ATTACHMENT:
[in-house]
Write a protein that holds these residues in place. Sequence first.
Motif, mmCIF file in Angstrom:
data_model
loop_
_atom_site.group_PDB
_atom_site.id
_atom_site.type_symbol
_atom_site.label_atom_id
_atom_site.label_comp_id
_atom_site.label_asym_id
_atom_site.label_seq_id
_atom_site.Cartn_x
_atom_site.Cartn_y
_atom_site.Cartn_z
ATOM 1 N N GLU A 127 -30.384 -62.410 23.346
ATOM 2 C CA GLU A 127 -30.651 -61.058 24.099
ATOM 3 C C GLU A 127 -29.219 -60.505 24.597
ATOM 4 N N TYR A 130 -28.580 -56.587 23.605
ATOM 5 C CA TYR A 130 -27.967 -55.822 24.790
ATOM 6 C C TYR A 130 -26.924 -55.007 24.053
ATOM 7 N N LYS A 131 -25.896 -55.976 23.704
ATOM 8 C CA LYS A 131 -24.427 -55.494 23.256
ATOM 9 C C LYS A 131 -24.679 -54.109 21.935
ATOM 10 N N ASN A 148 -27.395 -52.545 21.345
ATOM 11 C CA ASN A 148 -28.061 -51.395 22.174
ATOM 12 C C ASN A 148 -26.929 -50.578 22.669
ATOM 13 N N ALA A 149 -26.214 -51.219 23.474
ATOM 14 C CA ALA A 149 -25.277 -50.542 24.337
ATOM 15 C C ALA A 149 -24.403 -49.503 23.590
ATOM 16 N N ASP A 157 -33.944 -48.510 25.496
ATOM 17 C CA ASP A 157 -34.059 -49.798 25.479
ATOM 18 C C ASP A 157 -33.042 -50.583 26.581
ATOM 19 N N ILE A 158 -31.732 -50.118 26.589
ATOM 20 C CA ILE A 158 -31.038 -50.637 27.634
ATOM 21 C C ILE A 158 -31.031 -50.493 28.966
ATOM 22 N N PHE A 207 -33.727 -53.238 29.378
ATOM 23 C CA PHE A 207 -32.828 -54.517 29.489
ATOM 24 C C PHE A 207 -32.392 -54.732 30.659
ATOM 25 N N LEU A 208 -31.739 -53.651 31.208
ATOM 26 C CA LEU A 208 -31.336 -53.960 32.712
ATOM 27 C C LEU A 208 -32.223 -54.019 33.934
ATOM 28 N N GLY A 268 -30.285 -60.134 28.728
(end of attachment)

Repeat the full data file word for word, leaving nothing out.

[in-house]
Write a protein that holds these residues in place. Sequence first.
Motif, mmCIF file in Angstrom:
data_model
loop_
_atom_site.group_PDB
_atom_site.id
_atom_site.type_symbol
_atom_site.label_atom_id
_atom_site.label_comp_id
_atom_site.label_asym_id
_atom_site.label_seq_id
_atom_site.Cartn_x
_atom_site.Cartn_y
_atom_site.Cartn_z
ATOM 1 N N GLU A 127 -30.384 -62.410 23.346
ATOM 2 C CA GLU A 127 -30.651 -61.058 24.099
ATOM 3 C C GLU A 127 -29.219 -60.505 24.597
ATOM 4 N N TYR A 130 -28.580 -56.587 23.605
ATOM 5 C CA TYR A 130 -27.967 -55.822 24.790
ATOM 6 C C TYR A 130 -26.924 -55.007 24.053
ATOM 7 N N LYS A 131 -25.896 -55.976 23.704
ATOM 8 C CA LYS A 131 -24.427 -55.494 23.256
ATOM 9 C C LYS A 131 -24.679 -54.109 21.935
ATOM 10 N N ASN A 148 -27.395 -52.545 21.345
ATOM 11 C CA ASN A 148 -28.061 -51.395 22.174
ATOM 12 C C ASN A 148 -26.929 -50.578 22.669
ATOM 13 N N ALA A 149 -26.214 -51.219 23.474
ATOM 14 C CA ALA A 149 -25.277 -50.542 24.337
ATOM 15 C C ALA A 149 -24.403 -49.503 23.590
ATOM 16 N N ASP A 157 -33.944 -48.510 25.496
ATOM 17 C CA ASP A 157 -34.059 -49.798 25.479
ATOM 18 C C ASP A 157 -33.042 -50.583 26.581
ATOM 19 N N ILE A 158 -31.732 -50.118 26.589
ATOM 20 C CA ILE A 158 -31.038 -50.637 27.634
ATOM 21 C C ILE A 158 -31.031 -50.493 28.966
ATOM 22 N N PHE A 207 -33.727 -53.238 29.378
ATOM 23 C CA PHE A 207 -32.828 -54.517 29.489
ATOM 24 C C PHE A 207 -32.392 -54.732 30.659
ATOM 25 N N LEU A 208 -31.739 -53.651 31.208
ATOM 26 C CA LEU A 208 -31.336 -53.960 32.712
ATOM 27 C C LEU A 208 -32.223 -54.019 33.934
ATOM 28 N N GLY A 268 -30.285 -60.134 28.728